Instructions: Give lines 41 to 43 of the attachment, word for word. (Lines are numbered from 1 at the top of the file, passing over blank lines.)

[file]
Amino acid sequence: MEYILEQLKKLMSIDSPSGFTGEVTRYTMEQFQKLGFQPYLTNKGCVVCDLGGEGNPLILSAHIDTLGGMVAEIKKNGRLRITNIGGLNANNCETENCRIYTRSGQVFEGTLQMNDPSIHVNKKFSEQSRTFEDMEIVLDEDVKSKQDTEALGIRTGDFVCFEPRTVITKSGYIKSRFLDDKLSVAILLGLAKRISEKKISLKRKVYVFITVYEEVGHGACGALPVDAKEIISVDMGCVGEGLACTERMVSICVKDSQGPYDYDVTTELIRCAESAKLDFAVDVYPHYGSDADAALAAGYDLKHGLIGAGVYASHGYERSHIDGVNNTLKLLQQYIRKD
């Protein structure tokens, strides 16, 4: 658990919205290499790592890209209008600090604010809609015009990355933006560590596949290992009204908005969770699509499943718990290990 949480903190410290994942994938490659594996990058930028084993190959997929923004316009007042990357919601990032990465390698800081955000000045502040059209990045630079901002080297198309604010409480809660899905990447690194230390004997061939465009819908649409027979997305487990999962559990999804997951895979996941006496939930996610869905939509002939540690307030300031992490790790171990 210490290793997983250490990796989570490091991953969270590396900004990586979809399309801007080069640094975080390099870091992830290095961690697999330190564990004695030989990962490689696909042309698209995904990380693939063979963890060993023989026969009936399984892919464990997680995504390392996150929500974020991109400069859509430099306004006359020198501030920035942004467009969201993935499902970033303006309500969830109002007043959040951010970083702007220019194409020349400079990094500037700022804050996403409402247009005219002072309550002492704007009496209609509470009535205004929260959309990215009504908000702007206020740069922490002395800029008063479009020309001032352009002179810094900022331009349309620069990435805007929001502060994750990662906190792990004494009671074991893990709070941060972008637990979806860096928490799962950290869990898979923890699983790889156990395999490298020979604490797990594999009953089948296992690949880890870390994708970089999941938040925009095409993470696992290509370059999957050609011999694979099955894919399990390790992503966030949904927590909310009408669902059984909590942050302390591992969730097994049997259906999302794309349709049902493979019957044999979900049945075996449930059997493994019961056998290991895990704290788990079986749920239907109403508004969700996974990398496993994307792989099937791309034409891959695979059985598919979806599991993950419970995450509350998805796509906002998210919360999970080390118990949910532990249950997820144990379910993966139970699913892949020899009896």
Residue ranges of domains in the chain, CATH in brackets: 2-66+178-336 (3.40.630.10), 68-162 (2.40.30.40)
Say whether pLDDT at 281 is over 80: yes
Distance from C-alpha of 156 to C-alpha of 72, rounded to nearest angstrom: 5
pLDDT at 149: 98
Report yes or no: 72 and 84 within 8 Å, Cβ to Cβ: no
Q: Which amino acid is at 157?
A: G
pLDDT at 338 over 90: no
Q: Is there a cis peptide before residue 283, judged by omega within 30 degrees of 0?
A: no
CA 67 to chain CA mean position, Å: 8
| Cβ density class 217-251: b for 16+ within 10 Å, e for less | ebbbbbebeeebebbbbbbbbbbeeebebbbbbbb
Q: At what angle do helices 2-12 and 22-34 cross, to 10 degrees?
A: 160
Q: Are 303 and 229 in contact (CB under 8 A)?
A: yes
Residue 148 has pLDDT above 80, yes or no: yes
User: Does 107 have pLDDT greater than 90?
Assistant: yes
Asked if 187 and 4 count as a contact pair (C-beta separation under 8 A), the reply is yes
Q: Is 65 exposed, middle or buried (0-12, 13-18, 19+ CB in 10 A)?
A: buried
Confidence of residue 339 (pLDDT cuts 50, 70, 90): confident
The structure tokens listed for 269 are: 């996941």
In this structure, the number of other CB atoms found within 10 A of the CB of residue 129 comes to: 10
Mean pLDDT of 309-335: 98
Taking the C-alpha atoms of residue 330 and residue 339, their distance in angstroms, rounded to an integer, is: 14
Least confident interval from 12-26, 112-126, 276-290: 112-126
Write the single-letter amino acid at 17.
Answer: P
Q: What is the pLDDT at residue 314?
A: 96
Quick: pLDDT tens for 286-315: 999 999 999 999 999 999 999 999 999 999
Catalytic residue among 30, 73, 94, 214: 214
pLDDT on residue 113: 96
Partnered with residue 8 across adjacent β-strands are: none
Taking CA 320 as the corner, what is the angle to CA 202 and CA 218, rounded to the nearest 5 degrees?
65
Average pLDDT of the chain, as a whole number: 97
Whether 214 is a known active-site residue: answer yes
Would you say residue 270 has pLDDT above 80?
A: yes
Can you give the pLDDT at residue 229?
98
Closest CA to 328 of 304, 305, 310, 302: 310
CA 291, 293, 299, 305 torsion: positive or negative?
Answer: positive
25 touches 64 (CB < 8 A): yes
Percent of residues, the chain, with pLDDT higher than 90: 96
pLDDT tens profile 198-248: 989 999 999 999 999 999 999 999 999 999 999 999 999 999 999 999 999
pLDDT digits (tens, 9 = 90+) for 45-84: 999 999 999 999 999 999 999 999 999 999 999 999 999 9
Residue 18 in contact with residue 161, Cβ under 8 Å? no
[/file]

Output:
Average pLDDT of the chain, as a whole number: 97
Whether 214 is a known active-site residue: answer yes
Would you say residue 270 has pLDDT above 80?